2. Can Derrick Washington replace Tony Temple?  The 220-pound Washington is a more effective inside runner than Temple and Jimmy Jackson and De'Vion Moore both are capable of becoming strong breakaway threats. But will the rotation replace what Temple brought to the team, capped by his record-breaking 281-yard effort against Arkansas in the Cotton Bowl?

3. Will a retooled offensive line adequately protect Daniel? Pinkel is taking a gamble by starting redshirt freshman LT Elvis Fisher, who will start his first college game by protecting Daniel's blind side Saturday night against All-Big Ten defensive end Will Davis of Illinois. But Fisher has been the talk of camp, developing so quickly the Tigers felt comfortable enough to switch Kurtis Gregory back to RG. C Tim Barnes will be the other new starter.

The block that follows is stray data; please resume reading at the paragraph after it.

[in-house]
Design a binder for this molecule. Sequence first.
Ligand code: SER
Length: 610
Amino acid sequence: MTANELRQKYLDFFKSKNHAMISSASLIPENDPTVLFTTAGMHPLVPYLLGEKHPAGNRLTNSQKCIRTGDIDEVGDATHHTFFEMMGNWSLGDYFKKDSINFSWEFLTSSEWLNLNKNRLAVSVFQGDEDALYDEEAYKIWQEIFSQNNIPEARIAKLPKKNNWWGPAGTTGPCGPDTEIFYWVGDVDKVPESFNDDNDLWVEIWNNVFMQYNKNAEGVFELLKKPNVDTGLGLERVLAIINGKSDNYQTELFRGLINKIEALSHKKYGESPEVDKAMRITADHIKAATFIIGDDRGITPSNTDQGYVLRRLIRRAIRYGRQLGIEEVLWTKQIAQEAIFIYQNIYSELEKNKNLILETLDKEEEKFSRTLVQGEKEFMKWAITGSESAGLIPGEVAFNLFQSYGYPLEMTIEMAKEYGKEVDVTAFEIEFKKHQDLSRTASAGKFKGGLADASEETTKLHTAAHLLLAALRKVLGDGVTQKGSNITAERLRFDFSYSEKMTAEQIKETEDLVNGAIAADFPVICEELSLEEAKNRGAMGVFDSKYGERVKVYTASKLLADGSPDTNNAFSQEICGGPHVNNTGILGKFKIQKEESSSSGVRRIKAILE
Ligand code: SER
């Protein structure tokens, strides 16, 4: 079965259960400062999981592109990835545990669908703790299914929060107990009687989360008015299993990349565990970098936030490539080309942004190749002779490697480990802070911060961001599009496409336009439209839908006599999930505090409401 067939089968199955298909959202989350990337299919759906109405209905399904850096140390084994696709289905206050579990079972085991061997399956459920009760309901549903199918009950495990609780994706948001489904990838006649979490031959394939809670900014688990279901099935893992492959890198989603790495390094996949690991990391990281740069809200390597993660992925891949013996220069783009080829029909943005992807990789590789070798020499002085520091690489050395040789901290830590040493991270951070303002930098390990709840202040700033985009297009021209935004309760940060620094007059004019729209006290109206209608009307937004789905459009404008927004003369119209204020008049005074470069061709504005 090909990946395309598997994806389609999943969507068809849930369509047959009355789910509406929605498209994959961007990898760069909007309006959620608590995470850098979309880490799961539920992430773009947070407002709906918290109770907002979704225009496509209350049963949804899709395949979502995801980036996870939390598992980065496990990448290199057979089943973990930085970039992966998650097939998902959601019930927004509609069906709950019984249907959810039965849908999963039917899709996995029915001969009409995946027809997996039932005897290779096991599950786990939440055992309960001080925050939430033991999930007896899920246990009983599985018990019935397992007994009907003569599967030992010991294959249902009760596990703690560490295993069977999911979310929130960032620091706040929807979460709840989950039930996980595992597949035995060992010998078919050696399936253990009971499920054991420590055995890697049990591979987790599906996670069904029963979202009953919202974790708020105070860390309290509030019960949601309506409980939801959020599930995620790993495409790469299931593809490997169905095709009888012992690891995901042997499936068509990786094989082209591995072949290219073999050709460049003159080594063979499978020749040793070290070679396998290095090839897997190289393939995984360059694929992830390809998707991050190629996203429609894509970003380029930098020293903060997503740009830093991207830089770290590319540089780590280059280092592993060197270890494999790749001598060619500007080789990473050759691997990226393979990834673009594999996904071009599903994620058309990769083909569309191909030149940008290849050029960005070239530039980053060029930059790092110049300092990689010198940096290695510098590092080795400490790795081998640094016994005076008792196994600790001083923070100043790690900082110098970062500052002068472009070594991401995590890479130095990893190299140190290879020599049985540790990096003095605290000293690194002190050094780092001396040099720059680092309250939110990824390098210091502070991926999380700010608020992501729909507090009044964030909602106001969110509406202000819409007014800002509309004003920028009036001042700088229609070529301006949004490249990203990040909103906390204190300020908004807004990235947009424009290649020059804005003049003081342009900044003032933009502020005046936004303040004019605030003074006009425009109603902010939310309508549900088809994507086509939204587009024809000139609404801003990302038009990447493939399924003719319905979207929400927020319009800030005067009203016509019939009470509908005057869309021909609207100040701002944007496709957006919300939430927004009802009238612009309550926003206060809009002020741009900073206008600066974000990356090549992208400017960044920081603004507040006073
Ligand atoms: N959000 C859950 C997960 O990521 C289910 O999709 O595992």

4. How will the Tigers' defensive push remain strong without NT Lorenzo Williams?  Junior Jaron Baston will replace Williams, an All-Big 12 performer who led the team in sacks last season. Even more important was Williams' leadership to the defense, which will be sorely missed.

5. How will the new punter work out?  Jake Harry was expected to win the job last season after arriving from Palomar Junior College, but never seriously challenged Adam Crossett after a struggling start. He switched his training regime and says he's ready to play, but remains a huge unknown until he receives some game experience.